Education and Empowerment

Topics: Teacher, Education, Working class Pages: 3 (1056 words) Published: May 18, 2010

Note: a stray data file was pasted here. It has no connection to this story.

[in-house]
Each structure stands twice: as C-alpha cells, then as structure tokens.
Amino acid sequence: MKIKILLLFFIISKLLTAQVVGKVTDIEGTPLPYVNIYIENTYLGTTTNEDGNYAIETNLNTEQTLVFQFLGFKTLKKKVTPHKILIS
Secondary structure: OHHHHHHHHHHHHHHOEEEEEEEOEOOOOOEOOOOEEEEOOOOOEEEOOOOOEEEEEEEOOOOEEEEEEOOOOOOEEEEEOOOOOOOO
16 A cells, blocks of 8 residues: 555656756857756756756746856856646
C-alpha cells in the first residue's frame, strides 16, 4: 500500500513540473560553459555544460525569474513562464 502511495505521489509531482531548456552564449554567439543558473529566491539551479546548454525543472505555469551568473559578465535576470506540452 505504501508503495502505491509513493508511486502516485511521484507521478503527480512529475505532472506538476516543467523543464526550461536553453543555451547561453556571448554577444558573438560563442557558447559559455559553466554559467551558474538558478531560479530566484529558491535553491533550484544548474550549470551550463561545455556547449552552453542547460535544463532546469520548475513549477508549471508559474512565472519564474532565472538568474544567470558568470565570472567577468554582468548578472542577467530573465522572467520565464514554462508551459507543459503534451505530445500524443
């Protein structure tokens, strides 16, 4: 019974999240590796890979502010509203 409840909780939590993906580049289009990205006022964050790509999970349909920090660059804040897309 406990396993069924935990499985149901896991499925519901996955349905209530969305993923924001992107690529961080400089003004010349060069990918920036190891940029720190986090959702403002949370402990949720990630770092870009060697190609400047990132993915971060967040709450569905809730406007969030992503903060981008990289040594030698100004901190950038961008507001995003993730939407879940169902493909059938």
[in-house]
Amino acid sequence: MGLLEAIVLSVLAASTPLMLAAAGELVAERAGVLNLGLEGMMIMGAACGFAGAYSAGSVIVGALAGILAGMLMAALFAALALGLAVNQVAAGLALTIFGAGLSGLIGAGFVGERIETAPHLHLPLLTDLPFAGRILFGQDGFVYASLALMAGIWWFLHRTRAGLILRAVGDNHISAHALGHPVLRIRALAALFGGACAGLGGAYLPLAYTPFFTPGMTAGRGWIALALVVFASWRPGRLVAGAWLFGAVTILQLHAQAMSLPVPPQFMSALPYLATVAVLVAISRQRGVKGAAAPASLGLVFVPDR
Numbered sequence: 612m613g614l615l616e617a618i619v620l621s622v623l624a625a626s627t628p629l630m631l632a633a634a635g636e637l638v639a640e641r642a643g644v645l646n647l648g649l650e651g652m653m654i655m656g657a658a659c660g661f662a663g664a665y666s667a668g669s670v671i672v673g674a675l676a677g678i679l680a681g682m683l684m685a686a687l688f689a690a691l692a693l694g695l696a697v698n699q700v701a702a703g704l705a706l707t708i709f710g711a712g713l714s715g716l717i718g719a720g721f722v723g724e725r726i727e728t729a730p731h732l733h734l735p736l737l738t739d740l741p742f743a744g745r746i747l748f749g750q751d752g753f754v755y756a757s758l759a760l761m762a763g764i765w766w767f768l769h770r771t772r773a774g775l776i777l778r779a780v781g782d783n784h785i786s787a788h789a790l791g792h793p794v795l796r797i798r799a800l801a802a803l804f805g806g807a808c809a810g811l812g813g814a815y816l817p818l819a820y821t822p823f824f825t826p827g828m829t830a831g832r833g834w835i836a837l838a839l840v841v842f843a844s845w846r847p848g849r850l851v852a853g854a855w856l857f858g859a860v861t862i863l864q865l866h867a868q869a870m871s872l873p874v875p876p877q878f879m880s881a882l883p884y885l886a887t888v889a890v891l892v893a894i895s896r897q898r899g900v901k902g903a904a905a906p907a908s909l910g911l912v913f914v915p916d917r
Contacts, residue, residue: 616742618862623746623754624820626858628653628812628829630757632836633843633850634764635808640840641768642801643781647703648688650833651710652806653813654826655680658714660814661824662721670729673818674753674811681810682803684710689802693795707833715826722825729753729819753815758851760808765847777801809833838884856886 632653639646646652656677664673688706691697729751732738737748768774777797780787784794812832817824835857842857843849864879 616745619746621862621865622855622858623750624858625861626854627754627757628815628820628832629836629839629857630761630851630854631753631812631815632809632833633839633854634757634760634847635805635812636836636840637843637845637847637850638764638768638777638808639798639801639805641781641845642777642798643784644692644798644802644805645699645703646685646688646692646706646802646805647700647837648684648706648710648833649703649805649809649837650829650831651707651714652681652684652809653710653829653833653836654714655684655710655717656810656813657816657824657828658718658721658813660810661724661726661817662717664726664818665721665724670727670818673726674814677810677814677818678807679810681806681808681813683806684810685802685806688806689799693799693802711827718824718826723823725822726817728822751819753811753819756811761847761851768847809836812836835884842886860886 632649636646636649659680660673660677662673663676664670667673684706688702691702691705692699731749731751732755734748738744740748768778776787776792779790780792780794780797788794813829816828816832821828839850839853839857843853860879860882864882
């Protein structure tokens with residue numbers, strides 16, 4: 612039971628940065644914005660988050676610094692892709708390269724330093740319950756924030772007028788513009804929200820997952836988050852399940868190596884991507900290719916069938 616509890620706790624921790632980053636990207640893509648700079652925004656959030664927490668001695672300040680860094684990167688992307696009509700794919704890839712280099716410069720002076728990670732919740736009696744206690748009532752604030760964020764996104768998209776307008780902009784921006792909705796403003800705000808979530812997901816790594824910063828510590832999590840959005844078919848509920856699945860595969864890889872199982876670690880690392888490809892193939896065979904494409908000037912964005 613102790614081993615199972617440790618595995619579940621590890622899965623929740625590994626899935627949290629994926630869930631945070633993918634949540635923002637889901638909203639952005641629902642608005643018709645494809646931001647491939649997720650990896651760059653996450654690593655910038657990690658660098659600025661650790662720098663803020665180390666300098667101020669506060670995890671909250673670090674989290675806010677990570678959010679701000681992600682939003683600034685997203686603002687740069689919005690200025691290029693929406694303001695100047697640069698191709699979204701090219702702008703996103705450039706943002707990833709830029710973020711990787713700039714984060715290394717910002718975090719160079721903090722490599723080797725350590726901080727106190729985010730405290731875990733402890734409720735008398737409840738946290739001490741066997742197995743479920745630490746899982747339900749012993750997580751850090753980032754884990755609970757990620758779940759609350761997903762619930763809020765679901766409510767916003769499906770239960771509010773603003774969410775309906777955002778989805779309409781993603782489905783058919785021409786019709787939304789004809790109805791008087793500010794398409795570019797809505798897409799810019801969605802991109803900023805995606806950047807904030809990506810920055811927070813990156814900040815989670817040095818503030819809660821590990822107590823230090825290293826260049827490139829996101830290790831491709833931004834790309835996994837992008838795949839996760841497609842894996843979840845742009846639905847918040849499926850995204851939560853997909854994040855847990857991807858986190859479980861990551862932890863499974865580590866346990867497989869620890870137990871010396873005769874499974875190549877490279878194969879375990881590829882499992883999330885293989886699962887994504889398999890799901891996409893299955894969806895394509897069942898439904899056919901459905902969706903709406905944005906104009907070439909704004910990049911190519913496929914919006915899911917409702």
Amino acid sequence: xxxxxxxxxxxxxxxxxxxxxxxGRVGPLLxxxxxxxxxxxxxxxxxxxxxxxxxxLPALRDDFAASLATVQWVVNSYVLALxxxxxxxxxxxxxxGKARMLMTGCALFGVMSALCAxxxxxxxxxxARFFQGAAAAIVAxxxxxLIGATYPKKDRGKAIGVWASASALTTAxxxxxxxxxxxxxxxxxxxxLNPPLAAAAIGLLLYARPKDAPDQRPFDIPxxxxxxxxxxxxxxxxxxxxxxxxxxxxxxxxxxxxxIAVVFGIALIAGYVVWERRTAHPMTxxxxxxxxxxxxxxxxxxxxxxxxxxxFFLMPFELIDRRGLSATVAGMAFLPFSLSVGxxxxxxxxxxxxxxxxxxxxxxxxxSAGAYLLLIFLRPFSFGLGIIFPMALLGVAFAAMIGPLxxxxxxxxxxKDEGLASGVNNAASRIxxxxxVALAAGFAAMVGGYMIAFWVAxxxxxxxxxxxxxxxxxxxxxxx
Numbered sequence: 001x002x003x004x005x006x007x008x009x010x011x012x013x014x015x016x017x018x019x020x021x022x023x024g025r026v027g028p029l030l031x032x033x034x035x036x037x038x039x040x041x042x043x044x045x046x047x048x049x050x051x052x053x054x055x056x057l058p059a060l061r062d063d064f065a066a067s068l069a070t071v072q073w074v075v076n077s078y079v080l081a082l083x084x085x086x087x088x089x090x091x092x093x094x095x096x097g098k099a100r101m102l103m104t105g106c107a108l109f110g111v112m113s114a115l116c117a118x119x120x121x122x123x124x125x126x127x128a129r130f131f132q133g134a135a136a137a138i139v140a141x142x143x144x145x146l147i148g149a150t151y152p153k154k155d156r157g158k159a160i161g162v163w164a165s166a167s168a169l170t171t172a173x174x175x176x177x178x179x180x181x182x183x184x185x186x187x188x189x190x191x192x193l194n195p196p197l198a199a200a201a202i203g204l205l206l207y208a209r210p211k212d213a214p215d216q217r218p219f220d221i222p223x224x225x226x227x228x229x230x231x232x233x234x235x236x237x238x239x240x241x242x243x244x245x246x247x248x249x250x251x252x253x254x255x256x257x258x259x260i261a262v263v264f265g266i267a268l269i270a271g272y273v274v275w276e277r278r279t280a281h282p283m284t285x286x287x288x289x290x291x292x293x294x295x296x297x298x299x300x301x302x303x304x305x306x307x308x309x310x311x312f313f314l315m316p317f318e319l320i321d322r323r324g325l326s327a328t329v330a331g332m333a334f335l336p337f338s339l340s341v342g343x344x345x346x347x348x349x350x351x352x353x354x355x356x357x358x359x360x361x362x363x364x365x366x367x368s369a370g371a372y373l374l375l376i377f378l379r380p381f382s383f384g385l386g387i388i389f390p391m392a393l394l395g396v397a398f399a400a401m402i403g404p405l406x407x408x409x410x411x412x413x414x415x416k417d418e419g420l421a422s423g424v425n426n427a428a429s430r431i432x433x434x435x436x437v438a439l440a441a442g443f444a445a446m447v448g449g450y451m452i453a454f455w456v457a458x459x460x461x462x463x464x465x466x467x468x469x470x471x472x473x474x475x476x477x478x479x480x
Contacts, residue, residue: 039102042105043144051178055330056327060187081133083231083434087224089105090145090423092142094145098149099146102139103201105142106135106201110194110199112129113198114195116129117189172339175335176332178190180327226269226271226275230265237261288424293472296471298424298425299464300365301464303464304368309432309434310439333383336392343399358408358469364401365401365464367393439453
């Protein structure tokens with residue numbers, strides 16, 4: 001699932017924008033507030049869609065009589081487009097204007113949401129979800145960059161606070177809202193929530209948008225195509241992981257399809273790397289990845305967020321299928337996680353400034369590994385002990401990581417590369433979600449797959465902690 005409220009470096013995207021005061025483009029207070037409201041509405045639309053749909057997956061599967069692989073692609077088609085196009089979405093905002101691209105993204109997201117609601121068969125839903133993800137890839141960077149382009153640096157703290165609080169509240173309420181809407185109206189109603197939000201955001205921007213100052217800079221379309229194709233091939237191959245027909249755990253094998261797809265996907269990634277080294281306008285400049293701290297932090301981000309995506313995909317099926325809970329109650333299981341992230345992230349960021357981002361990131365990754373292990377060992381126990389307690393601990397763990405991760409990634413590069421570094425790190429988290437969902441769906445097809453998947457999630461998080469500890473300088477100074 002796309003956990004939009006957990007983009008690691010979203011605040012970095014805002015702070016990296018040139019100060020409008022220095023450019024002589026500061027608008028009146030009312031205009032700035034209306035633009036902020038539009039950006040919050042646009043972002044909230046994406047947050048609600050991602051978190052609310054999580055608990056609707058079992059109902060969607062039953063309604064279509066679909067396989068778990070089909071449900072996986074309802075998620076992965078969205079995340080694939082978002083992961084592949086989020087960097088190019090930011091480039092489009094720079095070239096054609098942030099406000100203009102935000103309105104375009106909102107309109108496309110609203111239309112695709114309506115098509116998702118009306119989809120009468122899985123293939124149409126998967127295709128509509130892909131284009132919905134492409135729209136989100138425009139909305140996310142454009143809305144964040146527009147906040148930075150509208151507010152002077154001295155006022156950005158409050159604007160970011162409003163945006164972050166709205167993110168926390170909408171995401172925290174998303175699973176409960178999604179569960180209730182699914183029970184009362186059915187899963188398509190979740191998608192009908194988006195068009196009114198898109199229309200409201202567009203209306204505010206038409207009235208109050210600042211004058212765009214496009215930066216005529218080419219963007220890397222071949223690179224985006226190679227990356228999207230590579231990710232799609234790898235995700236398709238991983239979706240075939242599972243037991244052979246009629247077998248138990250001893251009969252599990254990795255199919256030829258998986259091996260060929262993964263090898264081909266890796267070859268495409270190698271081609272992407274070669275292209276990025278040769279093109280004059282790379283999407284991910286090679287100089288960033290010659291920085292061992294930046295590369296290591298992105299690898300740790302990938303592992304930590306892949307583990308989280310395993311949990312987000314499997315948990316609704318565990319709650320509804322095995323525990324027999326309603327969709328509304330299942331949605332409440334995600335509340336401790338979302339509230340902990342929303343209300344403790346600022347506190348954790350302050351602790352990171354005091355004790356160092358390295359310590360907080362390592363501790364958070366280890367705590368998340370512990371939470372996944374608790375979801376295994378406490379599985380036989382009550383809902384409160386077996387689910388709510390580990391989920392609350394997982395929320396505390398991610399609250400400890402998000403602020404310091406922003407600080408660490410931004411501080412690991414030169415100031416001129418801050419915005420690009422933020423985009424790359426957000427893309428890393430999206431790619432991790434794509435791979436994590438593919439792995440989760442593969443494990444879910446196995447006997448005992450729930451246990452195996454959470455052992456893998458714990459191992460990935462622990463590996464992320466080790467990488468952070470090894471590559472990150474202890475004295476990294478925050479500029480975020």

The myth of “education and empowerment” has affected public schools tremendously in a sense that everyone is being divided, mostly by class, which lowers the confidence of our students today. Yes, there are teachers who cater to students, stay after class, and provide them with one on one tutoring and even take time from their lunch to offer extra assistance in any subject. However, there are other public schools in which teachers do not take the initiative to listen and understand when their student says “I don’t get it”. No one ever takes the responsibility as to why students are failing; they only take credit for those who are succeeding, bringing in positive results, and on a path of attaining a promising future. Jean Anyon, John Taylor Gatto, and Michael Moore have all questioned the system of public education in there articles. As a result, American public schools are hurting their students’ chances of being competitive in a global economy because they are not aiming high enough, stripping students of “responsibility and independence” (pg 158), and cutting off important resources. Jean Anyon discussed the evaluation of five elementary schools and how their social class differed and affected their students. “Several weeks later, after a test, a group of her children ’still didn’t get it,’ and she made no attempts to explain the concept of dividing things into groups or to give them manipulables for their own investigation. Rather, she went over the steps with them again and told them that they ’needed more practice”’ (pg 177). Besides learning how to add, subtract, multiply, and divide, math gives students the ability to rethink a situation, and look for other options. If teachers in these working-class schools are not taking the time to break down a simple division problem and give alternatives, how will their students be challenged or even advance to another grade level? Competition in this economy is widely based on how much money you have, what school...
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